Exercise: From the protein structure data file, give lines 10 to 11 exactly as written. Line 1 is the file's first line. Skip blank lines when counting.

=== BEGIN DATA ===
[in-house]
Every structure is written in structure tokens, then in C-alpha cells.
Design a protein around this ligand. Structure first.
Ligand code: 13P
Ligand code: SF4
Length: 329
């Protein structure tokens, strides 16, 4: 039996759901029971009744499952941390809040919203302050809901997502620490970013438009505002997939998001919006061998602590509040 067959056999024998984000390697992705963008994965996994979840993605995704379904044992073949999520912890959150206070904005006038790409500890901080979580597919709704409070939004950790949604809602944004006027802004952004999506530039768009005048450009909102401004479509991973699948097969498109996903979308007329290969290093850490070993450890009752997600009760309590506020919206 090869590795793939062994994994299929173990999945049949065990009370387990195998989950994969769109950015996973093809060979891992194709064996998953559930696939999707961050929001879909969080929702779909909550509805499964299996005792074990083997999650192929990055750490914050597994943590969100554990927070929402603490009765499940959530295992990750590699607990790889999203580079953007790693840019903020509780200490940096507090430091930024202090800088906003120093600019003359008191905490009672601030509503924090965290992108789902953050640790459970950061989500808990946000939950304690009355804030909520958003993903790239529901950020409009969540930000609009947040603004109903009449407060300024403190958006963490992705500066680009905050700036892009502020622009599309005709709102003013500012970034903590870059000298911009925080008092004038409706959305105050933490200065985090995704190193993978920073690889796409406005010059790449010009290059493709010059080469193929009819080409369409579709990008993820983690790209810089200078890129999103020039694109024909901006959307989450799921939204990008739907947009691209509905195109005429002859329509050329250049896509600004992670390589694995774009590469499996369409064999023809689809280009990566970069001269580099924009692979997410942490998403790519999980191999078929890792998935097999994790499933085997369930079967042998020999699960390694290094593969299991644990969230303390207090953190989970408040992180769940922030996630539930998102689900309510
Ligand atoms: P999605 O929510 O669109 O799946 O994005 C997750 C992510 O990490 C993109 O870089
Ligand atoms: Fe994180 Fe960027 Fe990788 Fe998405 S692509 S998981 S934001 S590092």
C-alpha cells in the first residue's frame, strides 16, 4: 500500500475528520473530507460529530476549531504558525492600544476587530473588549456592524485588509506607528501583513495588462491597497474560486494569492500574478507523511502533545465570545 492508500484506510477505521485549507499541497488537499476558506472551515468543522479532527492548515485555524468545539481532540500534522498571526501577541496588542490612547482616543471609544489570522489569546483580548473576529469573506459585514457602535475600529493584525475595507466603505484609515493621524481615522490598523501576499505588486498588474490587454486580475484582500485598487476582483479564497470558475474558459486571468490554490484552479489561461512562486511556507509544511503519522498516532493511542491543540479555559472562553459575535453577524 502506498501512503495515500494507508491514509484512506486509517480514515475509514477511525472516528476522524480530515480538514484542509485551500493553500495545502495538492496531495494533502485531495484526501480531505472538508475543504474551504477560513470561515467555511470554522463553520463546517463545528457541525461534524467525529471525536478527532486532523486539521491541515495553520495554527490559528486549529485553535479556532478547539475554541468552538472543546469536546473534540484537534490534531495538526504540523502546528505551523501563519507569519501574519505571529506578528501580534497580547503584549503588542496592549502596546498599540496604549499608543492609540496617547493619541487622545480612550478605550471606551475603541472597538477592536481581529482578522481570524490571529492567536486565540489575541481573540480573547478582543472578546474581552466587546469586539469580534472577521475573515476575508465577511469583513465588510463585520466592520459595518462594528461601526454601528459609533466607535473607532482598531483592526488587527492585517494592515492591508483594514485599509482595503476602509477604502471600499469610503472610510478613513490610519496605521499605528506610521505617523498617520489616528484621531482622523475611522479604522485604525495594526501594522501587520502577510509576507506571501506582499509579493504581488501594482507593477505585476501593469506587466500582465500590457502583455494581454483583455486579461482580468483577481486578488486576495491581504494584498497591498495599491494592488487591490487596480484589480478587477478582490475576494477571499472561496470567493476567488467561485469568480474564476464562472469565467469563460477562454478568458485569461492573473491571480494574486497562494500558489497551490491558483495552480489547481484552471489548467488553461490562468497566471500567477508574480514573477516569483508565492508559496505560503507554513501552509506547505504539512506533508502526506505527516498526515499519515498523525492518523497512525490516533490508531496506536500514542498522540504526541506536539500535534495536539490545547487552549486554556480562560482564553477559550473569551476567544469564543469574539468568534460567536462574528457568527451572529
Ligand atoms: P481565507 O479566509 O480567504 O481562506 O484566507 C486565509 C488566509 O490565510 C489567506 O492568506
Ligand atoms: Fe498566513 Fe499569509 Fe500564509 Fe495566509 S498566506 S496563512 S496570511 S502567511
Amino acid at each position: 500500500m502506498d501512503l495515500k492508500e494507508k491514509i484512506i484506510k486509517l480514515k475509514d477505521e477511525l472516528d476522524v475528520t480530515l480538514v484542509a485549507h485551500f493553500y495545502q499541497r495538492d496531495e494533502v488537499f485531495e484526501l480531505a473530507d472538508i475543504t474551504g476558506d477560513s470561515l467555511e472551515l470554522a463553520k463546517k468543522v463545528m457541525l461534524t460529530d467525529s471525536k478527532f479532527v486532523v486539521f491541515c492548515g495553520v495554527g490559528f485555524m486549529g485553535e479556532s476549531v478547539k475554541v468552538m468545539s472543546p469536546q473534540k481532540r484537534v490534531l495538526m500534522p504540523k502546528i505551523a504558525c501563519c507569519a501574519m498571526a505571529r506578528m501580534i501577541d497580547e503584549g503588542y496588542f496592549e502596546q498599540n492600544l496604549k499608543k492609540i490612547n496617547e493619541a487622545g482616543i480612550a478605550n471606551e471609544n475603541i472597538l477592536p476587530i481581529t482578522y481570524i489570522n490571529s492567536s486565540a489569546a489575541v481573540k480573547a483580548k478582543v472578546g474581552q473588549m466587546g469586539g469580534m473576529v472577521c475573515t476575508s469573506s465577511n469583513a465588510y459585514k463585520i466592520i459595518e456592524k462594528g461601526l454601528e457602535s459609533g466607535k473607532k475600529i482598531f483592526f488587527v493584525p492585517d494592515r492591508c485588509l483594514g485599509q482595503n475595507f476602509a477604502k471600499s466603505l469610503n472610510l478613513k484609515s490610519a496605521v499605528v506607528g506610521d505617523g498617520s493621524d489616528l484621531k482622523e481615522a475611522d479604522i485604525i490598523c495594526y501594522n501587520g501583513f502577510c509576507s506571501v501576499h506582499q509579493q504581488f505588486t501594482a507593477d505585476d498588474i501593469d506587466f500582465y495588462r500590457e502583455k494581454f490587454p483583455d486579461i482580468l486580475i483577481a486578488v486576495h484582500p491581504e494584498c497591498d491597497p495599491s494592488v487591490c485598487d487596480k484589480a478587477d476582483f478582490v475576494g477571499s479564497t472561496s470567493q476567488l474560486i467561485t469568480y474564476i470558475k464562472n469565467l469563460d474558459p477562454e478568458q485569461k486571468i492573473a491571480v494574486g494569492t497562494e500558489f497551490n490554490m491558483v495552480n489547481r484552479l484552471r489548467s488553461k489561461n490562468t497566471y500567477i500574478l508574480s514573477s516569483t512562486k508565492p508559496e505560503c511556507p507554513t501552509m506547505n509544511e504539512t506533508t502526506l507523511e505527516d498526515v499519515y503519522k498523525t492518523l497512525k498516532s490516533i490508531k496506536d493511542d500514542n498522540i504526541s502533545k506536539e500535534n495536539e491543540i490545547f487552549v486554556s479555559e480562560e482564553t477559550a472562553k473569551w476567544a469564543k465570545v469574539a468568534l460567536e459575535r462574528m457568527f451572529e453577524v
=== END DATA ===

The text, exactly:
C-alpha cells in the first residue's frame, strides 16, 4: 500500500475528520473530507460529530476549531504558525492600544476587530473588549456592524485588509506607528501583513495588462491597497474560486494569492500574478507523511502533545465570545 492508500484506510477505521485549507499541497488537499476558506472551515468543522479532527492548515485555524468545539481532540500534522498571526501577541496588542490612547482616543471609544489570522489569546483580548473576529469573506459585514457602535475600529493584525475595507466603505484609515493621524481615522490598523501576499505588486498588474490587454486580475484582500485598487476582483479564497470558475474558459486571468490554490484552479489561461512562486511556507509544511503519522498516532493511542491543540479555559472562553459575535453577524 502506498501512503495515500494507508491514509484512506486509517480514515475509514477511525472516528476522524480530515480538514484542509485551500493553500495545502495538492496531495494533502485531495484526501480531505472538508475543504474551504477560513470561515467555511470554522463553520463546517463545528457541525461534524467525529471525536478527532486532523486539521491541515495553520495554527490559528486549529485553535479556532478547539475554541468552538472543546469536546473534540484537534490534531495538526504540523502546528505551523501563519507569519501574519505571529506578528501580534497580547503584549503588542496592549502596546498599540496604549499608543492609540496617547493619541487622545480612550478605550471606551475603541472597538477592536481581529482578522481570524490571529492567536486565540489575541481573540480573547478582543472578546474581552466587546469586539469580534472577521475573515476575508465577511469583513465588510463585520466592520459595518462594528461601526454601528459609533466607535473607532482598531483592526488587527492585517494592515492591508483594514485599509482595503476602509477604502471600499469610503472610510478613513490610519496605521499605528506610521505617523498617520489616528484621531482622523475611522479604522485604525495594526501594522501587520502577510509576507506571501506582499509579493504581488501594482507593477505585476501593469506587466500582465500590457502583455494581454483583455486579461482580468483577481486578488486576495491581504494584498497591498495599491494592488487591490487596480484589480478587477478582490475576494477571499472561496470567493476567488467561485469568480474564476464562472469565467469563460477562454478568458485569461492573473491571480494574486497562494500558489497551490491558483495552480489547481484552471489548467488553461490562468497566471500567477508574480514573477516569483508565492508559496505560503507554513501552509506547505504539512506533508502526506505527516498526515499519515498523525492518523497512525490516533490508531496506536500514542498522540504526541506536539500535534495536539490545547487552549486554556480562560482564553477559550473569551476567544469564543469574539468568534460567536462574528457568527451572529
Ligand atoms: P481565507 O479566509 O480567504 O481562506 O484566507 C486565509 C488566509 O490565510 C489567506 O492568506